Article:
The racing mind. Feeling like you’re crawling out of your own skin. General restlessness and unease. That’s what tends to hit after a night of drinking. Anxiety after drinking is a common problem and one we tend to brush off until we’ve decided to stop or cut back. Why do we feel anxiety after drinking and how can we deal with it?
After a night of heavy drinking, it’s common to get severe anxiety the next day. In fact, it can even last days or even weeks past the night of heavy drinking. Is that anxiety still related to the drinking, and what’s causing it? Is it mental or chemical or what?
Chemical Causes for Anxiety After Drinking
There is a chemical component that leads to anxiety after drinking.
Alcohol takes between 72 and 240 hours to leave your body. It can take up to ten days to recover from the lows of drinking. A heavy drinker starts to regard these lows as normal. The lows are created when your brain releases a chemical (dynorphin) that counteracts the ‘pleasure’ from alcohol in an attempt to maintain homeostasis. Again, you know this phenomenon as tolerance. Dynorphin not only dampens the effect of alcohol it also turns down the natural pleasure you get from everyday activities. So as your body is working so hard to reestablish homeostasis, your chemical levels in the brain are off balance and thus you experience anxiety after drinking.
Mental Causes of Anxiety After Drinking
If you want to moderate it’s because you believe there is something beneficial in drinking – it brings you somewhere or does something for you. It takes you to something that you are looking forward to it.
This is one of the reasons that I, after about 4 months of sobriety, did the ultimate test. Got drunk in a room to see what it was really doing for me and if I was actually missing out on something I wanted to hang on to.
That experience was an eye-opener because the alcohol brought me no pleasure, no happiness. Only a return of all the horrible feelings I’d been happy to get rid of. That day I learned that you cannot mistake something good with the relief of something bad. Taking off my ski boots feels really good, but that’s only because they were tight, to begin with.
Anticipation Can Lead To Anxiety
When you are wanting a drink having that drink relieves the craving and desire. that by its nature feels good. The act of anticipation – simply looking forward to something creates expectation which is a huge part of actual pleasure. Once that is over if you have a rule about when you will drink again you have a period of time of sobriety to ‘get through’ before you get to do it again. That waiting period can be a huge source of anxiety after drinking.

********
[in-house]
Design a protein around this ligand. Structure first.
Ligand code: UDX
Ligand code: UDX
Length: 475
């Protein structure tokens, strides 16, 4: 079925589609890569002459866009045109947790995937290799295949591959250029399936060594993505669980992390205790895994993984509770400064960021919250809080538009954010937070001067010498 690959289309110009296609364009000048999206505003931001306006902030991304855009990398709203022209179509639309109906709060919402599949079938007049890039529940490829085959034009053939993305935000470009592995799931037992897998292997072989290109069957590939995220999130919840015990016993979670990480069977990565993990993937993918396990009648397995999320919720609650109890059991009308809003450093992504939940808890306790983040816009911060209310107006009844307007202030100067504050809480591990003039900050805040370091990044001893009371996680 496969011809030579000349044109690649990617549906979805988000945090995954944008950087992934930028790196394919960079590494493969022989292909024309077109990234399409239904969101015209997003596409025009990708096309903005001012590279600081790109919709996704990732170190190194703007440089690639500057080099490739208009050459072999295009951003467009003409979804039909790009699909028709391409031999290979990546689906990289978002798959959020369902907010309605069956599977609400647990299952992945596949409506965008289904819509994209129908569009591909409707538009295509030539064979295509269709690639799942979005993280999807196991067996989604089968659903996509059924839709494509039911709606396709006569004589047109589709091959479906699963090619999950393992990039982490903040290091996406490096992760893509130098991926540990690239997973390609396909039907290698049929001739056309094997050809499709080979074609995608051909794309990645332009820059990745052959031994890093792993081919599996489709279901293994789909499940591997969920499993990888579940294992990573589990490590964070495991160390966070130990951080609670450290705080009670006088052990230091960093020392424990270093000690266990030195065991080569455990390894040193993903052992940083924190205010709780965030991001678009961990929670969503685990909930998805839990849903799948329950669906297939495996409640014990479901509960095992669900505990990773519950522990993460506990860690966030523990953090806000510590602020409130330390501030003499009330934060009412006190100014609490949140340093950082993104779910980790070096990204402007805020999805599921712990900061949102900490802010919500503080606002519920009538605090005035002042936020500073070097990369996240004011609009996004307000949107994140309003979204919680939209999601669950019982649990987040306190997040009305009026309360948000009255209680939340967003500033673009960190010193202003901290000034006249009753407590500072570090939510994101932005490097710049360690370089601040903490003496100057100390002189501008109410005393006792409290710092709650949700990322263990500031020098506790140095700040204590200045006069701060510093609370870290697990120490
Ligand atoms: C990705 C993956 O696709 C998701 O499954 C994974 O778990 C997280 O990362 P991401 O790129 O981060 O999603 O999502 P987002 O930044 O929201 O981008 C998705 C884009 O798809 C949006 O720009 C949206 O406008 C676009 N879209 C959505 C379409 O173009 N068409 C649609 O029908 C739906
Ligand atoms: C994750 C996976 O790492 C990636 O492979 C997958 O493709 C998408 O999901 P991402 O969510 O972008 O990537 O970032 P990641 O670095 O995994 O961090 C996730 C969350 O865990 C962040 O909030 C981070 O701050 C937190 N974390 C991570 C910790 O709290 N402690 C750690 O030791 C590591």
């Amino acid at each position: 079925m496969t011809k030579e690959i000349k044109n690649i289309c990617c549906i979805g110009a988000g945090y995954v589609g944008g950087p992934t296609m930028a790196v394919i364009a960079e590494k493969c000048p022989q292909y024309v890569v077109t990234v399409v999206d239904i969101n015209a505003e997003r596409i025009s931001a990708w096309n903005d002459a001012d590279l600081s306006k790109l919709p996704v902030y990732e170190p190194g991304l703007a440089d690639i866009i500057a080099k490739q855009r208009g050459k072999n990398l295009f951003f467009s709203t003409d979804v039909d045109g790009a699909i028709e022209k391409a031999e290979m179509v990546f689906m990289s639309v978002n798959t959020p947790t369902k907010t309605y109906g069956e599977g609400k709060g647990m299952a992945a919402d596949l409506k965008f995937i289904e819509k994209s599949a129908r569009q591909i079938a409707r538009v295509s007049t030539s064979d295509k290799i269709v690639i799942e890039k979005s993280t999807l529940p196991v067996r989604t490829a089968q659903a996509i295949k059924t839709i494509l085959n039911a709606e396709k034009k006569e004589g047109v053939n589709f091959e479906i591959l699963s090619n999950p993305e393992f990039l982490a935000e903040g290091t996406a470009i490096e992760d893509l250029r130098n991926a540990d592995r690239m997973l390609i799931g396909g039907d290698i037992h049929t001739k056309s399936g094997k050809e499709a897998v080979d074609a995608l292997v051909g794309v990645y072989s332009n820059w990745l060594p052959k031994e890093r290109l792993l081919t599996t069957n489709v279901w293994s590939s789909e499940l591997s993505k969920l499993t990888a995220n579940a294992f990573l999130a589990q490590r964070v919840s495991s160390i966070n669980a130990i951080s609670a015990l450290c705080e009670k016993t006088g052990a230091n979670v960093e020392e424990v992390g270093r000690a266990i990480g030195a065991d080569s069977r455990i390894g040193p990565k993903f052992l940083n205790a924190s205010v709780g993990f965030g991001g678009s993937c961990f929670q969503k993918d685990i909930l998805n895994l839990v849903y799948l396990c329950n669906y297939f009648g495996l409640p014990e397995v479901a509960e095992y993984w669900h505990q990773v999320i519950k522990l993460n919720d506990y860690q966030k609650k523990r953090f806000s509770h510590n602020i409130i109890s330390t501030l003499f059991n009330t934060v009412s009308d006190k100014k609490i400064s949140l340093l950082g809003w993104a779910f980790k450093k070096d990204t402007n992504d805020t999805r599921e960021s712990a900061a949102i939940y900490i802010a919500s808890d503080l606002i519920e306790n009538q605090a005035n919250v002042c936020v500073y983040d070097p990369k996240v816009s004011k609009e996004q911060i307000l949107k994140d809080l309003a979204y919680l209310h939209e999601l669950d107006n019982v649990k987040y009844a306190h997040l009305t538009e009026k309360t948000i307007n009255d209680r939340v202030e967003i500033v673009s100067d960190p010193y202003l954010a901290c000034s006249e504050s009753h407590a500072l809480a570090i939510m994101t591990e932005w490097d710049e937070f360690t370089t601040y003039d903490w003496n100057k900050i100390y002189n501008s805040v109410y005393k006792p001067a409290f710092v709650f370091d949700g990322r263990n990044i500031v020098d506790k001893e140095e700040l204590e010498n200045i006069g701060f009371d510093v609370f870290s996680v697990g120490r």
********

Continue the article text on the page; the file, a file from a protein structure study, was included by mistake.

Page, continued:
Sadness and Drinking
You believe alcohol is doing something for you, you believe that it is necessary or pleasurable in some regard. The fact that it causes you displeasure the day after makes you hyper-aware of the fact that you need to do less of it – this can absolutely manifest in sadness and anxiety.
Aesop’s Fable about The Fox and The Grapes is a great example of how to overcome sadness and anxiety after drinking. The fox couldn’t reach the grapes so he decided they were sour grapes.
His perception allowed him to have peace with the reality.
Your House Is On Fire
Looking at it another way – your life has been this house – and alcohol was in the house. There are so many incredible memories in this house, from all sorts of events. You start to smell smoke, something isn’t quite right in the house. You are coughing, you are no longer having as much fun. This is not what you expected it to be. Ultimately, you realize the house is on fire. You have to escape. Standing and watching the house burn down, you are so grateful to be out of that house, you survived! You can rebuild. This is all great news and your primary reaction is gratitude but the truth is an era is over. You can’t go back into the house (start drinking) because you are now hyper-aware, you know the house is on fire, you know that it’s painful to be there but you mourn for the memories. For the past and even for the ignorance. That’s hard and brought very much into focus the day after drinking.
To learn more about the effects of alcohol on the brain start reading This Naked Mind!
Keep analyzing your feelings, your thoughts, and your emotions. Learn what your anxiety is truly about and work to reshape those expectations with the realities you now know. Anxiety after drinking can continue long after you are alcohol-free if you do not dispel the myths you have created. They will continue to surround the anticipation and perceived belief of the pleasure alcohol will bring.